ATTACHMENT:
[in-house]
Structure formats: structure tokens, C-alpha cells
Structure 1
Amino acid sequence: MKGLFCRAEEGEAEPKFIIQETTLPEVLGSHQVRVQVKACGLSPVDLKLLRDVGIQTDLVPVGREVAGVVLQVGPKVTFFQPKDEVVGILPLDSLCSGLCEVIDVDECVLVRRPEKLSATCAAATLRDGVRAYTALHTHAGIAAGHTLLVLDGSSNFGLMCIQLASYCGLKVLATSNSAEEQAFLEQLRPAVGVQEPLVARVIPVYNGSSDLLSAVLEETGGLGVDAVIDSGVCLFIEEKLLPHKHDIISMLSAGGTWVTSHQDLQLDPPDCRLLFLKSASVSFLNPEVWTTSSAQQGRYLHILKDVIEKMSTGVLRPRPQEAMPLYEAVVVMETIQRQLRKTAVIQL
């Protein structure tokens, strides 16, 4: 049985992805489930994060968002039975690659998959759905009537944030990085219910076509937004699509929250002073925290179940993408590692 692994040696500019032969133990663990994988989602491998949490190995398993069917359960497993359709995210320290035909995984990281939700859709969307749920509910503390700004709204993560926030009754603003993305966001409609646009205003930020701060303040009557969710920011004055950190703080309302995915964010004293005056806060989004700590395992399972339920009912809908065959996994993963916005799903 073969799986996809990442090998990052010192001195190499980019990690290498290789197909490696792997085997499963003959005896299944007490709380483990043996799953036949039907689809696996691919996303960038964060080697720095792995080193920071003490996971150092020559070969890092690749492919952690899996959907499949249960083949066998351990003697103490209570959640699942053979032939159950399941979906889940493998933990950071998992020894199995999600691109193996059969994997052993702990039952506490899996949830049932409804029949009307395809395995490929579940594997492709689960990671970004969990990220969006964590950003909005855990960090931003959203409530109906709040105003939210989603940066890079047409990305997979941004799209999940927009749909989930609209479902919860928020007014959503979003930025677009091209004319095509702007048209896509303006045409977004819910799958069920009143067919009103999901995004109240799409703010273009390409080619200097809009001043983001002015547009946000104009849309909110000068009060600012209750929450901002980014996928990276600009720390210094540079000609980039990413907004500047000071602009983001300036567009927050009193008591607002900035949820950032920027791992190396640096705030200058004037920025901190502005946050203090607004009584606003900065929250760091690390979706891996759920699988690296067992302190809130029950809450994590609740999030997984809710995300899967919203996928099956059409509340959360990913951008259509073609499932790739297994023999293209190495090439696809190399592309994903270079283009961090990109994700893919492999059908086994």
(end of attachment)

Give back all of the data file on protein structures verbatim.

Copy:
[in-house]
Structure formats: structure tokens, C-alpha cells
Structure 1
Amino acid sequence: MKGLFCRAEEGEAEPKFIIQETTLPEVLGSHQVRVQVKACGLSPVDLKLLRDVGIQTDLVPVGREVAGVVLQVGPKVTFFQPKDEVVGILPLDSLCSGLCEVIDVDECVLVRRPEKLSATCAAATLRDGVRAYTALHTHAGIAAGHTLLVLDGSSNFGLMCIQLASYCGLKVLATSNSAEEQAFLEQLRPAVGVQEPLVARVIPVYNGSSDLLSAVLEETGGLGVDAVIDSGVCLFIEEKLLPHKHDIISMLSAGGTWVTSHQDLQLDPPDCRLLFLKSASVSFLNPEVWTTSSAQQGRYLHILKDVIEKMSTGVLRPRPQEAMPLYEAVVVMETIQRQLRKTAVIQL
């Protein structure tokens, strides 16, 4: 049985992805489930994060968002039975690659998959759905009537944030990085219910076509937004699509929250002073925290179940993408590692 692994040696500019032969133990663990994988989602491998949490190995398993069917359960497993359709995210320290035909995984990281939700859709969307749920509910503390700004709204993560926030009754603003993305966001409609646009205003930020701060303040009557969710920011004055950190703080309302995915964010004293005056806060989004700590395992399972339920009912809908065959996994993963916005799903 073969799986996809990442090998990052010192001195190499980019990690290498290789197909490696792997085997499963003959005896299944007490709380483990043996799953036949039907689809696996691919996303960038964060080697720095792995080193920071003490996971150092020559070969890092690749492919952690899996959907499949249960083949066998351990003697103490209570959640699942053979032939159950399941979906889940493998933990950071998992020894199995999600691109193996059969994997052993702990039952506490899996949830049932409804029949009307395809395995490929579940594997492709689960990671970004969990990220969006964590950003909005855990960090931003959203409530109906709040105003939210989603940066890079047409990305997979941004799209999940927009749909989930609209479902919860928020007014959503979003930025677009091209004319095509702007048209896509303006045409977004819910799958069920009143067919009103999901995004109240799409703010273009390409080619200097809009001043983001002015547009946000104009849309909110000068009060600012209750929450901002980014996928990276600009720390210094540079000609980039990413907004500047000071602009983001300036567009927050009193008591607002900035949820950032920027791992190396640096705030200058004037920025901190502005946050203090607004009584606003900065929250760091690390979706891996759920699988690296067992302190809130029950809450994590609740999030997984809710995300899967919203996928099956059409509340959360990913951008259509073609499932790739297994023999293209190495090439696809190399592309994903270079283009961090990109994700893919492999059908086994």